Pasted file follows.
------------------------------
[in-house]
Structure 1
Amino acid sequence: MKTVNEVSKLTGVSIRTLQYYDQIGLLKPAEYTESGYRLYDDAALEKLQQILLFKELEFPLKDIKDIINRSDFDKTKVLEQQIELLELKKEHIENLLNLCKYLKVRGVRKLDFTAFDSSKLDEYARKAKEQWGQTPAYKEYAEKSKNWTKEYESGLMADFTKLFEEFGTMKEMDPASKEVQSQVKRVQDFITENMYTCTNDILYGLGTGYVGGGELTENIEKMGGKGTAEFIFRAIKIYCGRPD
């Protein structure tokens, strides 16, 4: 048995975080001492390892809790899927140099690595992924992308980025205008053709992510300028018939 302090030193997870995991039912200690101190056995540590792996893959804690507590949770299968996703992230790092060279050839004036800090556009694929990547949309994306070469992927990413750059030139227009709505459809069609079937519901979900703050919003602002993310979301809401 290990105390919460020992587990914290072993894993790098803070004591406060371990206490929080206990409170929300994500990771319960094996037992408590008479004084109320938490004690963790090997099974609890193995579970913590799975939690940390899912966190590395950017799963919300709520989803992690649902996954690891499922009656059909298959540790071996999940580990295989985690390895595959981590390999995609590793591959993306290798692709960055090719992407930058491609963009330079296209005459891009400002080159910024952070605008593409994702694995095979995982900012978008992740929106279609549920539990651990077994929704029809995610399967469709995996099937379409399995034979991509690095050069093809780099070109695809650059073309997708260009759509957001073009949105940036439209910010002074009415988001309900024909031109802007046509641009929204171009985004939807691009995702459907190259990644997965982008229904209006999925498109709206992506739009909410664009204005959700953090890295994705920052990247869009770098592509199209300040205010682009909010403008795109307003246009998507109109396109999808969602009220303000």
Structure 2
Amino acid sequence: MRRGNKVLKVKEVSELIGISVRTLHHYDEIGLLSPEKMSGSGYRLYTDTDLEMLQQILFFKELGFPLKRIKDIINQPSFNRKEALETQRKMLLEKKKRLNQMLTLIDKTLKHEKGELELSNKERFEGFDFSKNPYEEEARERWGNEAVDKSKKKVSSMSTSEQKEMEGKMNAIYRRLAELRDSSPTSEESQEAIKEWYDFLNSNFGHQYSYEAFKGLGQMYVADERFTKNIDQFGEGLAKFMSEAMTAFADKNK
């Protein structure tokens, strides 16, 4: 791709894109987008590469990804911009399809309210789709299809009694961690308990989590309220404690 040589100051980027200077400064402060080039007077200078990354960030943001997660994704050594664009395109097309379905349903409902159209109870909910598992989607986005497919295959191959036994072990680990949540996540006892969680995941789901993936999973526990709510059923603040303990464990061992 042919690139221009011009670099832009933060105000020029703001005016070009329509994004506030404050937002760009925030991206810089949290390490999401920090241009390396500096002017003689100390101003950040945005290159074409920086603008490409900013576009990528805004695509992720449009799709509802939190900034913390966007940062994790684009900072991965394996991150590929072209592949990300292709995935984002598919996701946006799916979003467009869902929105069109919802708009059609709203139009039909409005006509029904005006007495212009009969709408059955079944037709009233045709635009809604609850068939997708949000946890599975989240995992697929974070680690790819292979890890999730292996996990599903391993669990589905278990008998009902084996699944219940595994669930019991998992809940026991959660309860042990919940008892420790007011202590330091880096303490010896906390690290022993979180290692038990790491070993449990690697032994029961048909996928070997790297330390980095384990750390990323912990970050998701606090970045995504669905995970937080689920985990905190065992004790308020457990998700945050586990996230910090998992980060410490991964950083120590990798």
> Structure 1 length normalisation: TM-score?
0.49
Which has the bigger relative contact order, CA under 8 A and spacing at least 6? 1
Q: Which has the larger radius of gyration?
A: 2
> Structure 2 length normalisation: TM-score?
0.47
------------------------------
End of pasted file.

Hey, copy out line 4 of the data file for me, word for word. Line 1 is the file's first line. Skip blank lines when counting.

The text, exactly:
């Protein structure tokens, strides 16, 4: 048995975080001492390892809790899927140099690595992924992308980025205008053709992510300028018939 302090030193997870995991039912200690101190056995540590792996893959804690507590949770299968996703992230790092060279050839004036800090556009694929990547949309994306070469992927990413750059030139227009709505459809069609079937519901979900703050919003602002993310979301809401 290990105390919460020992587990914290072993894993790098803070004591406060371990206490929080206990409170929300994500990771319960094996037992408590008479004084109320938490004690963790090997099974609890193995579970913590799975939690940390899912966190590395950017799963919300709520989803992690649902996954690891499922009656059909298959540790071996999940580990295989985690390895595959981590390999995609590793591959993306290798692709960055090719992407930058491609963009330079296209005459891009400002080159910024952070605008593409994702694995095979995982900012978008992740929106279609549920539990651990077994929704029809995610399967469709995996099937379409399995034979991509690095050069093809780099070109695809650059073309997708260009759509957001073009949105940036439209910010002074009415988001309900024909031109802007046509641009929204171009985004939807691009995702459907190259990644997965982008229904209006999925498109709206992506739009909410664009204005959700953090890295994705920052990247869009770098592509199209300040205010682009909010403008795109307003246009998507109109396109999808969602009220303000």